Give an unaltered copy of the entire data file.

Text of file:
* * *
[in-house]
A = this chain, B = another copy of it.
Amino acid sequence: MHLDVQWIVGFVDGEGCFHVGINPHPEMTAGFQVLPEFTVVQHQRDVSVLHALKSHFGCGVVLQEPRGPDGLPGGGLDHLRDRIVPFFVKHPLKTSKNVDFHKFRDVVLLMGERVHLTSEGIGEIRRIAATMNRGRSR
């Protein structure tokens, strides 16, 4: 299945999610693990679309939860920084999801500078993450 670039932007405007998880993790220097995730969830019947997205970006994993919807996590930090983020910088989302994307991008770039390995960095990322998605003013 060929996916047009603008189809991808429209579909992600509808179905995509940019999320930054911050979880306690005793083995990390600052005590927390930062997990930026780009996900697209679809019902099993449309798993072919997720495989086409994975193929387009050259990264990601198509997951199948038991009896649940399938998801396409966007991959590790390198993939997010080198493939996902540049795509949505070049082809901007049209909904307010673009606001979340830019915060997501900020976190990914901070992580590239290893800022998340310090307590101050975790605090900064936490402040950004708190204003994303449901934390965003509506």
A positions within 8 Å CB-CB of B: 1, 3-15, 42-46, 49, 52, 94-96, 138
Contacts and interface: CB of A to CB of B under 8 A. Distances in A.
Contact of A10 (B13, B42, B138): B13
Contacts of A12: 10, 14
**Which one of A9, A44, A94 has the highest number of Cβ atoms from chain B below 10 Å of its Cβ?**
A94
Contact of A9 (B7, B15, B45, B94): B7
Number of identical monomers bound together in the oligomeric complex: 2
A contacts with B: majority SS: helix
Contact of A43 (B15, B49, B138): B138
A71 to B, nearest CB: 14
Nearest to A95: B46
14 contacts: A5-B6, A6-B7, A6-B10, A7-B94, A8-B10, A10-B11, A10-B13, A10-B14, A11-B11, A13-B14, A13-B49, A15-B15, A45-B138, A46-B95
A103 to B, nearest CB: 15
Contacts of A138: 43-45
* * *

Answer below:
[in-house]
A = this chain, B = another copy of it.
Amino acid sequence: MHLDVQWIVGFVDGEGCFHVGINPHPEMTAGFQVLPEFTVVQHQRDVSVLHALKSHFGCGVVLQEPRGPDGLPGGGLDHLRDRIVPFFVKHPLKTSKNVDFHKFRDVVLLMGERVHLTSEGIGEIRRIAATMNRGRSR
């Protein structure tokens, strides 16, 4: 299945999610693990679309939860920084999801500078993450 670039932007405007998880993790220097995730969830019947997205970006994993919807996590930090983020910088989302994307991008770039390995960095990322998605003013 060929996916047009603008189809991808429209579909992600509808179905995509940019999320930054911050979880306690005793083995990390600052005590927390930062997990930026780009996900697209679809019902099993449309798993072919997720495989086409994975193929387009050259990264990601198509997951199948038991009896649940399938998801396409966007991959590790390198993939997010080198493939996902540049795509949505070049082809901007049209909904307010673009606001979340830019915060997501900020976190990914901070992580590239290893800022998340310090307590101050975790605090900064936490402040950004708190204003994303449901934390965003509506």
A positions within 8 Å CB-CB of B: 1, 3-15, 42-46, 49, 52, 94-96, 138
Contacts and interface: CB of A to CB of B under 8 A. Distances in A.
Contact of A10 (B13, B42, B138): B13
Contacts of A12: 10, 14
**Which one of A9, A44, A94 has the highest number of Cβ atoms from chain B below 10 Å of its Cβ?**
A94
Contact of A9 (B7, B15, B45, B94): B7
Number of identical monomers bound together in the oligomeric complex: 2
A contacts with B: majority SS: helix
Contact of A43 (B15, B49, B138): B138
A71 to B, nearest CB: 14
Nearest to A95: B46
14 contacts: A5-B6, A6-B7, A6-B10, A7-B94, A8-B10, A10-B11, A10-B13, A10-B14, A11-B11, A13-B14, A13-B49, A15-B15, A45-B138, A46-B95
A103 to B, nearest CB: 15
Contacts of A138: 43-45